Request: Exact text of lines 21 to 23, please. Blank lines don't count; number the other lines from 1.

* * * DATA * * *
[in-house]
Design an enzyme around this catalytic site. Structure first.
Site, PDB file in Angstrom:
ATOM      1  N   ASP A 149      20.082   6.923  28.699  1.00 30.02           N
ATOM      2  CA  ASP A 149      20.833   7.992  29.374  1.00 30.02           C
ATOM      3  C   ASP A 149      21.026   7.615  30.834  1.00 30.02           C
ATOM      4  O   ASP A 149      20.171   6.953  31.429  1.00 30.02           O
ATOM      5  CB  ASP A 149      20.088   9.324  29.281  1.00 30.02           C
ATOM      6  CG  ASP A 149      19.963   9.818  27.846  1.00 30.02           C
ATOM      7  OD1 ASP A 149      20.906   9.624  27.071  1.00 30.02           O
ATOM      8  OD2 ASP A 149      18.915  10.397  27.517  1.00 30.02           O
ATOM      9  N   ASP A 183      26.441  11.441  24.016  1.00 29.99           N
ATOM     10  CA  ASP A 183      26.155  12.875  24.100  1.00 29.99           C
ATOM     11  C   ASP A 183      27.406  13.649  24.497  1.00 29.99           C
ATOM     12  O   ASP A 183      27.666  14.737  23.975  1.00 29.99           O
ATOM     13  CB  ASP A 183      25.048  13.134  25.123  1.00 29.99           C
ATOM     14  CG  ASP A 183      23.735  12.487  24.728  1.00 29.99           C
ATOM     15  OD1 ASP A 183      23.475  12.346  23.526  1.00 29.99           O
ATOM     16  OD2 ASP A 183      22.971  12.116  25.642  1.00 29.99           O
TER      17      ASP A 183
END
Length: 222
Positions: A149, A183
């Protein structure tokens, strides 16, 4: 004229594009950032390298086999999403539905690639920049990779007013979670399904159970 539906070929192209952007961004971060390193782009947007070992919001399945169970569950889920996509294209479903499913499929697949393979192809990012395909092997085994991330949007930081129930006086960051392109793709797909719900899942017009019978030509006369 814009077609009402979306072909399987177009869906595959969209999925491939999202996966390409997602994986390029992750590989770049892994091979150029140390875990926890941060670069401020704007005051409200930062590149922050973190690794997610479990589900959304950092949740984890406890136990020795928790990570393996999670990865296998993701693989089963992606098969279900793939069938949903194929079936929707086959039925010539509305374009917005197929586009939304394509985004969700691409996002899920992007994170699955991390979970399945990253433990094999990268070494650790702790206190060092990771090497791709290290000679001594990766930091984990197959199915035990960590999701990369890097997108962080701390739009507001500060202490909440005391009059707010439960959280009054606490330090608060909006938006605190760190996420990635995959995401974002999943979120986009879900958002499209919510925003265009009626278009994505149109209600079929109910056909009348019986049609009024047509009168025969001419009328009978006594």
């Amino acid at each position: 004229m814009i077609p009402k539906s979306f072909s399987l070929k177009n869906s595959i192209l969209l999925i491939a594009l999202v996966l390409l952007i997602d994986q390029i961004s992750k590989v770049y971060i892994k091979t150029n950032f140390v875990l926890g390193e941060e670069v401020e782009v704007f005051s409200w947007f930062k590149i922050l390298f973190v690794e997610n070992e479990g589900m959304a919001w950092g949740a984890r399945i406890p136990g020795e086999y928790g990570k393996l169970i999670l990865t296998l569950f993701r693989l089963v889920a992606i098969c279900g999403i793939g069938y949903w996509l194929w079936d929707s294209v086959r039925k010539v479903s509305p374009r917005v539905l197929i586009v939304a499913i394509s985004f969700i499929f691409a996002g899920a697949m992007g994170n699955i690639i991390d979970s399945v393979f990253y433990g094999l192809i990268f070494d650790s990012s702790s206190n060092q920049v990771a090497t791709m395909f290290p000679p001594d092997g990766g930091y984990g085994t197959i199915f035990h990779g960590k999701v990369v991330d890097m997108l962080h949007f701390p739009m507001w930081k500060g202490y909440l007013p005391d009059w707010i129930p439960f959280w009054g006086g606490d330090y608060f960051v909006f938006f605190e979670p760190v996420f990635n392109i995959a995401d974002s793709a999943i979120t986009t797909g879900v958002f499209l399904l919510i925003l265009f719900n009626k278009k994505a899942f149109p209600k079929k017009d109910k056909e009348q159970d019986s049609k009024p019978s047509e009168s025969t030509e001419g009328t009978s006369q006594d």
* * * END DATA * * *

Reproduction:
END
Length: 222
Positions: A149, A183